A tiny boarding school for troubled girls in Fort Lauderdale -- once used by the juvenile justice system as an alternative to jail -- has closed as detectives investigate allegations that four students were abused, state and county officials said.
The sheriff's Child Protective Investigative Services has targeted the Sister Soldier boot camp school since the first child abuse allegation was leveled three weeks ago, said Broward Sheriff's Office spokeswoman Liz Calzadilla-Fiallo.
Details were not released other than there are four alleged victims, some living in this area and some out of state.
Denise Smith, president of the company that owns the school, did not respond to messages left with an answering service.
Since January 2001, the school has served a handful of girls at a time with drill instructors leading calisthenics, walking them through the county jail and counseling on anger management.
The inquiry could last one or two more months, but the sheriff's office has been told the school stopped operating out of a house at 3271 Glendale Blvd., Calzadilla-Fiallo said.
Smith had other contacts with the courts. She was arrested three times in the 1990s on forgery and theft allegations. The first two cases were dismissed. She pleaded no contest to grand theft of a vehicle but adjudication was withheld.
Fort Lauderdale officials also are investigating to determine whether the school violated zoning rules for single-family homes, said city spokesman David Hébert.
Sister Soldier was receiving referrals from the court system as well as its own clients six months after it opened in 2001, Smith said in a news story at the time.
The juvenile court system sent "several girls" to the school in 2001 but stopped once officials heard the school was charging the families as well as the courts, said Ron Ishoy, spokesman for the State Attorney's Office.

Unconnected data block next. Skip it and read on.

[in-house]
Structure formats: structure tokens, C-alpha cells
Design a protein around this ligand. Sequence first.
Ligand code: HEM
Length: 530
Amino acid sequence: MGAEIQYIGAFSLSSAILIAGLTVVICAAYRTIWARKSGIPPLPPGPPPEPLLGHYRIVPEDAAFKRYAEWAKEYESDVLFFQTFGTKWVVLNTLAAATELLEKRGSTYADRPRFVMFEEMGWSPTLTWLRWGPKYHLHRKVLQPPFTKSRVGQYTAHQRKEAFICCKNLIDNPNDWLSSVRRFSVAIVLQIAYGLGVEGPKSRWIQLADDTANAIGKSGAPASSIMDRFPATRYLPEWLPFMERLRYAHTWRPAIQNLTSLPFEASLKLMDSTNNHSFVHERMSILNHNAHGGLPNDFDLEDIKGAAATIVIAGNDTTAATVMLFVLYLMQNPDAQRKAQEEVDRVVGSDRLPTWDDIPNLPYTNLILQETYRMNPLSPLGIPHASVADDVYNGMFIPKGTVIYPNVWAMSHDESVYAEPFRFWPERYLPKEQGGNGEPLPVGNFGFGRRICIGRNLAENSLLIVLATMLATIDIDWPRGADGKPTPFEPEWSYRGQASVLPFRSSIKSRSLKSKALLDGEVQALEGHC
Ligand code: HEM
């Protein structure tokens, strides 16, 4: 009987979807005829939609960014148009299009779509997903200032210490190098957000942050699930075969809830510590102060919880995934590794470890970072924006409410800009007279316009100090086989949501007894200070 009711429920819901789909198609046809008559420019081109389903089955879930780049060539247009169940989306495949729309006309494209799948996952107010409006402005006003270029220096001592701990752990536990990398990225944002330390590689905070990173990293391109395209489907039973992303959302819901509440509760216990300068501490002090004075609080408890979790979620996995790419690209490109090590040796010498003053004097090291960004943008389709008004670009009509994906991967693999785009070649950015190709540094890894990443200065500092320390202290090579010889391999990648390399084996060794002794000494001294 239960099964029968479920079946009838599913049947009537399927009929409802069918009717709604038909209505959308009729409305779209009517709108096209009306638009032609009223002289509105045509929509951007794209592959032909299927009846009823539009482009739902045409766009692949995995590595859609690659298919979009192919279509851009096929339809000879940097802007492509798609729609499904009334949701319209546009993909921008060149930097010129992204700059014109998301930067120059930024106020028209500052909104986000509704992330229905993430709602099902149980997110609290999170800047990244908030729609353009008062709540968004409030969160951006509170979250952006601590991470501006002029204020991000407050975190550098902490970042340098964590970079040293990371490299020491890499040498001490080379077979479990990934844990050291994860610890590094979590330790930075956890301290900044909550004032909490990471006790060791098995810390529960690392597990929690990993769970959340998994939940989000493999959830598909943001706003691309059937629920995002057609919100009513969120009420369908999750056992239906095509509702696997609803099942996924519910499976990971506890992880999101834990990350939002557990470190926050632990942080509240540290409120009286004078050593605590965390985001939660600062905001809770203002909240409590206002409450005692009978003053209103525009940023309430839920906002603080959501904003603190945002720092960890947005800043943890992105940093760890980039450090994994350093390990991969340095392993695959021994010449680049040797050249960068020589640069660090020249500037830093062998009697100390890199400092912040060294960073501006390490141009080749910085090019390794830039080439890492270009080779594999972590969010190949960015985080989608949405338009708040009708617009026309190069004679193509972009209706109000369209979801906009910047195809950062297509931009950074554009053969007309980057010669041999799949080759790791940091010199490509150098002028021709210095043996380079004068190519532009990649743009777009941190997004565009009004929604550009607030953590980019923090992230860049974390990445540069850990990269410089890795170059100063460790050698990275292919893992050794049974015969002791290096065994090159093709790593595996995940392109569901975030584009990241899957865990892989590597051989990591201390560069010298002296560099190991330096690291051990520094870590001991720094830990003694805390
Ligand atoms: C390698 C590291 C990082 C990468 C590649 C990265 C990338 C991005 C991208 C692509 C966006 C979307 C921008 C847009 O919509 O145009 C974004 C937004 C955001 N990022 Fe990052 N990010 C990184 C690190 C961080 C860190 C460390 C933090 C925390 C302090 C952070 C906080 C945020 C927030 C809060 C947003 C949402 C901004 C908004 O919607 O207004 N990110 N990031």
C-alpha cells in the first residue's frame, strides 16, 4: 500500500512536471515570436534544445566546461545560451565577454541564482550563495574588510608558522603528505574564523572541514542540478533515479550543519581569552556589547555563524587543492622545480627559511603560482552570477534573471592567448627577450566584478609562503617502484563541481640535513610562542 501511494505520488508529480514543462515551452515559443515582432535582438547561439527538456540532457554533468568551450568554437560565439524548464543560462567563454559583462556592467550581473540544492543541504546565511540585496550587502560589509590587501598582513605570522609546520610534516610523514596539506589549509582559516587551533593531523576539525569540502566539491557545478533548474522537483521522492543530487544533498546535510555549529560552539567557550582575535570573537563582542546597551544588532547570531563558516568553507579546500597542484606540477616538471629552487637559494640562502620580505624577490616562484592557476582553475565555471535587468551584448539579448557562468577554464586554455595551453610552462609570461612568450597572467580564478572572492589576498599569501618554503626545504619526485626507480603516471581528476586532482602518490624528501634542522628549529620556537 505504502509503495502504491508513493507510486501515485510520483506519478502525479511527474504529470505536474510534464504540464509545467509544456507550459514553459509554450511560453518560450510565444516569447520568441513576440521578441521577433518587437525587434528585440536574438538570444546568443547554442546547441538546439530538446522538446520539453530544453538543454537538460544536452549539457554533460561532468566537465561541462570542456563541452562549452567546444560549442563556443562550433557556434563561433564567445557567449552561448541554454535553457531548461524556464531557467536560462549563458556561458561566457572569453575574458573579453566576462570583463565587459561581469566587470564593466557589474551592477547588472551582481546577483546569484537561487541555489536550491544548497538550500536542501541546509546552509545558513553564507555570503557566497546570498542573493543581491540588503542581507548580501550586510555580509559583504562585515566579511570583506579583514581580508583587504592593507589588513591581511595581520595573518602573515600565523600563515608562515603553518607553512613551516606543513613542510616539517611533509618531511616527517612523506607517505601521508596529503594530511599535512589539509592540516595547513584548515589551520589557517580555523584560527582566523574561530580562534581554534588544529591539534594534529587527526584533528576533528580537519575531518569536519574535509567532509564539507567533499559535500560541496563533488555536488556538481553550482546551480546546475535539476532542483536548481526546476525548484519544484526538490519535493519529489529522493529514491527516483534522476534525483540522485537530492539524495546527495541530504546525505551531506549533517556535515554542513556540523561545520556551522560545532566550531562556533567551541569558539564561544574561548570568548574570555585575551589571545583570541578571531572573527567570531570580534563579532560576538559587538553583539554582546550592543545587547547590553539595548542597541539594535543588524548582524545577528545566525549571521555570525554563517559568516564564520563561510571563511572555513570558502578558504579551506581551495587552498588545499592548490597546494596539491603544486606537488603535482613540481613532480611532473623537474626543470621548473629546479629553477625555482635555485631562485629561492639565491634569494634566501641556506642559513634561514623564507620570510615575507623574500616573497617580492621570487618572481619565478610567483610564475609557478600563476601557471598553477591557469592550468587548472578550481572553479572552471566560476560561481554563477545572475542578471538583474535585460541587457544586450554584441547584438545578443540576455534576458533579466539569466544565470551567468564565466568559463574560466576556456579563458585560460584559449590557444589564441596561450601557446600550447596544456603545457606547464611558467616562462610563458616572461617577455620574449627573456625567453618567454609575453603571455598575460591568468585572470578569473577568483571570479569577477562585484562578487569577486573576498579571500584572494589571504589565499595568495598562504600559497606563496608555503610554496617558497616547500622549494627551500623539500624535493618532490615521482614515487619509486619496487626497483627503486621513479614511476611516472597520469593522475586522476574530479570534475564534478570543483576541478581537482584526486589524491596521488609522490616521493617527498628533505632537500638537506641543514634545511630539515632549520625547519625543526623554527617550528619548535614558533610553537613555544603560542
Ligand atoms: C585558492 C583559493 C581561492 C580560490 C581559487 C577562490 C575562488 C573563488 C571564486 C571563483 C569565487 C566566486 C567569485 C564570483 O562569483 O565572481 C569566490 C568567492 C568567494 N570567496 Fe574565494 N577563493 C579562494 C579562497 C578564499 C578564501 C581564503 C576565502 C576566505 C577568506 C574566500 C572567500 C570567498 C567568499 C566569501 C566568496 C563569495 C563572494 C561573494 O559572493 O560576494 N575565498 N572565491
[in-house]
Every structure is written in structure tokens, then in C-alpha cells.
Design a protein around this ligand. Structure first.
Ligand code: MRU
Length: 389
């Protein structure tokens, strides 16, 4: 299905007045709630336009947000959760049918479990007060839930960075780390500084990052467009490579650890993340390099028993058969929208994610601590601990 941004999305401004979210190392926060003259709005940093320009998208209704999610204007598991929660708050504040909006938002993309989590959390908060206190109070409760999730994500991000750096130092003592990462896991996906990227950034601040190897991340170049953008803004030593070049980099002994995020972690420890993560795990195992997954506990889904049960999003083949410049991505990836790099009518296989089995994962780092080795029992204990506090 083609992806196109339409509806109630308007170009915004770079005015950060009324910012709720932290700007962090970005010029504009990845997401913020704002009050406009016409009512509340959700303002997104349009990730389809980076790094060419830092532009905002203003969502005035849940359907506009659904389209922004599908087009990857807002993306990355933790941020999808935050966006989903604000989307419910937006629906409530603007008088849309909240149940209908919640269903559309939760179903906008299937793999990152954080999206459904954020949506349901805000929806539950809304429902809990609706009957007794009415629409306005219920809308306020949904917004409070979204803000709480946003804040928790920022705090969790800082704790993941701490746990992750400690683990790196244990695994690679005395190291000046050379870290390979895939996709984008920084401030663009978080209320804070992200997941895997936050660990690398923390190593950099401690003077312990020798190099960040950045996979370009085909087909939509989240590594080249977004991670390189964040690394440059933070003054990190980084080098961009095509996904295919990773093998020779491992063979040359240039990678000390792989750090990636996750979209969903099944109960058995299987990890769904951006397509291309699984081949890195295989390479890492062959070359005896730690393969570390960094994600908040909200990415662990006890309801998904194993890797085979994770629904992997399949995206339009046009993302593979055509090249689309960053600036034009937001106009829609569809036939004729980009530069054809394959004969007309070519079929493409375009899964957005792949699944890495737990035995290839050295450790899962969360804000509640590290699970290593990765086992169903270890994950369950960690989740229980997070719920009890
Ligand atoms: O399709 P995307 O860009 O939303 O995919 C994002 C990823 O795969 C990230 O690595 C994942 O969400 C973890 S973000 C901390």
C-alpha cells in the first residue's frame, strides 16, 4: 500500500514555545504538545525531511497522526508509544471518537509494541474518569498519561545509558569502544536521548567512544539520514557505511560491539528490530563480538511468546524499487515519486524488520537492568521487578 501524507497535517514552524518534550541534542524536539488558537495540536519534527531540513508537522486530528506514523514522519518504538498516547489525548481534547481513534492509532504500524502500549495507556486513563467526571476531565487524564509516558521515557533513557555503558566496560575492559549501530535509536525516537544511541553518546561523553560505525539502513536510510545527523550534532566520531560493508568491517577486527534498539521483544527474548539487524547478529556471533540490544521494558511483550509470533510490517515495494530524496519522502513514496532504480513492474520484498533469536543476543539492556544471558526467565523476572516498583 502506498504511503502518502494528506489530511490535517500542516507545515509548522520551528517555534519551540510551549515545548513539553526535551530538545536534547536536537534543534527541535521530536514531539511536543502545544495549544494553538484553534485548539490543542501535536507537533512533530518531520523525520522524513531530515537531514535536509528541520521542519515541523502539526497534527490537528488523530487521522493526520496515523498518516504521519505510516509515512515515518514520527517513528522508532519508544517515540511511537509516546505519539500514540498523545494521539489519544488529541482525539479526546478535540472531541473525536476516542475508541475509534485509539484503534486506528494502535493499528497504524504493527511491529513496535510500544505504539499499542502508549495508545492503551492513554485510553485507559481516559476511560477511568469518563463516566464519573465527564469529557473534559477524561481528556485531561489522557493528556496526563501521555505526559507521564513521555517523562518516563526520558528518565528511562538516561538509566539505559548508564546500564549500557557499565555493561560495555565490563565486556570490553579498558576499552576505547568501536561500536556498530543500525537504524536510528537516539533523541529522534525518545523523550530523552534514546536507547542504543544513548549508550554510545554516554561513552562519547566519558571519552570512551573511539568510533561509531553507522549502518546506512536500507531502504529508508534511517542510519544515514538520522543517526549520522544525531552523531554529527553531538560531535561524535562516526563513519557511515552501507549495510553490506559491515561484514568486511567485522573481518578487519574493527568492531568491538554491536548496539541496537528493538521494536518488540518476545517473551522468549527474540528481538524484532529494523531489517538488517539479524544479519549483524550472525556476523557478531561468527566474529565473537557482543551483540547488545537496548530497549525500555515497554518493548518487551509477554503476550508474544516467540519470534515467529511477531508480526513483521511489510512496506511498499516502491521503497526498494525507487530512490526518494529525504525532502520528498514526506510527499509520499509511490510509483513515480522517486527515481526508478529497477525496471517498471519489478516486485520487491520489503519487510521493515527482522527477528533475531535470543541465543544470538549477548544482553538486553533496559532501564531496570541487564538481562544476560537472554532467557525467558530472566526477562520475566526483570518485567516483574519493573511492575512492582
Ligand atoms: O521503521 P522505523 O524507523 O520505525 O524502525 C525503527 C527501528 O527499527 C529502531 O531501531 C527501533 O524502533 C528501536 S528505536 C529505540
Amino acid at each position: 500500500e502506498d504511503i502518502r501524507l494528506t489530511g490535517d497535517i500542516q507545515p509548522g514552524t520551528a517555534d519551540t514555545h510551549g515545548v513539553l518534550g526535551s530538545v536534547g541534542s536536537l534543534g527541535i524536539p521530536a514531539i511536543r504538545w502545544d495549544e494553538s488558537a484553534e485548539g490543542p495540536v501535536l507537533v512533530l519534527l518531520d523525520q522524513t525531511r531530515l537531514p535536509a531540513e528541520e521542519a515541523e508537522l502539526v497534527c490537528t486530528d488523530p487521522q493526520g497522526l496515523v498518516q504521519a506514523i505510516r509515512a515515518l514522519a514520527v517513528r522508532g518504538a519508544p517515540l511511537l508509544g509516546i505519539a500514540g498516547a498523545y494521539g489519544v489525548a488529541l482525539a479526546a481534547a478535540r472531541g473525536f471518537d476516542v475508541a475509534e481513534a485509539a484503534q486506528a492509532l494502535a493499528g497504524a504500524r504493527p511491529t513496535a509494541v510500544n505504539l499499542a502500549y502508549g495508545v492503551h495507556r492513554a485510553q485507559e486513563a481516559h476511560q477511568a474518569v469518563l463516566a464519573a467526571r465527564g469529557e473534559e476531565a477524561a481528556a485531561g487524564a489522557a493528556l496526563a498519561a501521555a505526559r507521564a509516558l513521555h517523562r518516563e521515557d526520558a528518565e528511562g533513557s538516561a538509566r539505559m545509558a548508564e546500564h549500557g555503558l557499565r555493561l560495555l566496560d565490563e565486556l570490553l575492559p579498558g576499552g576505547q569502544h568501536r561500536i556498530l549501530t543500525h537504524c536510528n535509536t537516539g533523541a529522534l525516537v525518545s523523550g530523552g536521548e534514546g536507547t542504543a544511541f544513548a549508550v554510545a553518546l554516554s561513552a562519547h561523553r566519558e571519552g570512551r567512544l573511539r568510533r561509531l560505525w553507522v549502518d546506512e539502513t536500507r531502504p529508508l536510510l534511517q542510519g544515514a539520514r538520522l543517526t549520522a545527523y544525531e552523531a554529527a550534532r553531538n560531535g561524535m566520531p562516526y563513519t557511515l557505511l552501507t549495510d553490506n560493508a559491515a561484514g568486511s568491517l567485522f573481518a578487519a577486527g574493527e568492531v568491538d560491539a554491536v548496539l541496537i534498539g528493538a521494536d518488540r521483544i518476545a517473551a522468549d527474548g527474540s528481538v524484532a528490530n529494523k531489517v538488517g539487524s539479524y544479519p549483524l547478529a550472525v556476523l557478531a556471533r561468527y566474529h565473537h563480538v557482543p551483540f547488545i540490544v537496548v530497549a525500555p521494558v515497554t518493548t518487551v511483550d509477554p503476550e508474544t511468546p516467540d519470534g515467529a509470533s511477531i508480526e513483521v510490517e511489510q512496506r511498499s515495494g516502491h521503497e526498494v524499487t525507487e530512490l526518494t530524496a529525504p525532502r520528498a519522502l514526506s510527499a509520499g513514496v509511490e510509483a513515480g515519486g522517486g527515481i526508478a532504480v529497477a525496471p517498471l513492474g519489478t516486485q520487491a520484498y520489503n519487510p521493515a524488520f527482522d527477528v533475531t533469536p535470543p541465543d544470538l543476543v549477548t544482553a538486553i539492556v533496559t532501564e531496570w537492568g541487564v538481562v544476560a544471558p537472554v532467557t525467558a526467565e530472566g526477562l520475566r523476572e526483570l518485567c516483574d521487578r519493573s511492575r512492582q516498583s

On Wednesday, Ishoy said, "After the state Department of Juvenile Justice began cutting their funding for diversionary programs, we looked out into the community to find suitable agencies to help keep the appropriate children out of the criminal justice system. [Juvenile Justice] officials looked at this particular program and approved them."
Sister Soldier is one of at least two programs operated by JAM Youth Connections of Fort Lauderdale, state records show. JAM also operates the co-ed Elite Leadership Military Academy in Fort Lauderdale. Elite's supervisor Theo Perez says his program is similar to Scared Straight.
State officials are wrestling with which agency is responsible for overseeing Sister Soldier. The Department of Children & Families has no jurisdiction over the school other than hiring the sheriff's department to investigate abuse allegations, said DCF spokeswoman Leslie Mann. She said the boot camp is not a group home but a boarding school under the purview of the state education department.
Sister Soldier is not registered with the state education department, said spokeswoman Cheryl Etters. JAM is not on the department's Web site as a boarding school or a private school.
"The theoretical question is ... when is something a group home and when is something a boarding school?" Mann said. "There's a very cloudy line."
Bill Hirschman can be reached at email@example.com or 954-356-4513. Researcher Barbara Hijek contributed to this report.
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